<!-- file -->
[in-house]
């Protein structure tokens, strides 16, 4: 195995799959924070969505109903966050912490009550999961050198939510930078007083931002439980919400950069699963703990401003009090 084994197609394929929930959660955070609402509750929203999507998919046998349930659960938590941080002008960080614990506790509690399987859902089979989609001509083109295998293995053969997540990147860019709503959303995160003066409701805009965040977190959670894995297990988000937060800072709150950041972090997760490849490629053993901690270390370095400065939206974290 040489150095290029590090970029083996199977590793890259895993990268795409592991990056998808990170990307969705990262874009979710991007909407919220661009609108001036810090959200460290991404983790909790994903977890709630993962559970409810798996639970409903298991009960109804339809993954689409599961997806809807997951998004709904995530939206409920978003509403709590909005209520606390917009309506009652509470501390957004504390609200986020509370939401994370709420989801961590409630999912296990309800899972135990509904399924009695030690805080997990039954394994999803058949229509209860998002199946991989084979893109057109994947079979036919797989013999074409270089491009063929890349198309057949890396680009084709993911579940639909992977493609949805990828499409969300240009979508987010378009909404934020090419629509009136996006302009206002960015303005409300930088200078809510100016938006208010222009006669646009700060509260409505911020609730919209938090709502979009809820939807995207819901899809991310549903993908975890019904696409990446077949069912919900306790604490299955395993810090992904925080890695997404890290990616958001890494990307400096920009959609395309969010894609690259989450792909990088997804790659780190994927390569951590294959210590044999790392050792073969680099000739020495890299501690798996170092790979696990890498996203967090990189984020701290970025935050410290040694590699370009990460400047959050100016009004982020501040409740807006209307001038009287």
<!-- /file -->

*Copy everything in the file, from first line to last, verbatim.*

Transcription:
[in-house]
């Protein structure tokens, strides 16, 4: 195995799959924070969505109903966050912490009550999961050198939510930078007083931002439980919400950069699963703990401003009090 084994197609394929929930959660955070609402509750929203999507998919046998349930659960938590941080002008960080614990506790509690399987859902089979989609001509083109295998293995053969997540990147860019709503959303995160003066409701805009965040977190959670894995297990988000937060800072709150950041972090997760490849490629053993901690270390370095400065939206974290 040489150095290029590090970029083996199977590793890259895993990268795409592991990056998808990170990307969705990262874009979710991007909407919220661009609108001036810090959200460290991404983790909790994903977890709630993962559970409810798996639970409903298991009960109804339809993954689409599961997806809807997951998004709904995530939206409920978003509403709590909005209520606390917009309506009652509470501390957004504390609200986020509370939401994370709420989801961590409630999912296990309800899972135990509904399924009695030690805080997990039954394994999803058949229509209860998002199946991989084979893109057109994947079979036919797989013999074409270089491009063929890349198309057949890396680009084709993911579940639909992977493609949805990828499409969300240009979508987010378009909404934020090419629509009136996006302009206002960015303005409300930088200078809510100016938006208010222009006669646009700060509260409505911020609730919209938090709502979009809820939807995207819901899809991310549903993908975890019904696409990446077949069912919900306790604490299955395993810090992904925080890695997404890290990616958001890494990307400096920009959609395309969010894609690259989450792909990088997804790659780190994927390569951590294959210590044999790392050792073969680099000739020495890299501690798996170092790979696990890498996203967090990189984020701290970025935050410290040694590699370009990460400047959050100016009004982020501040409740807006209307001038009287």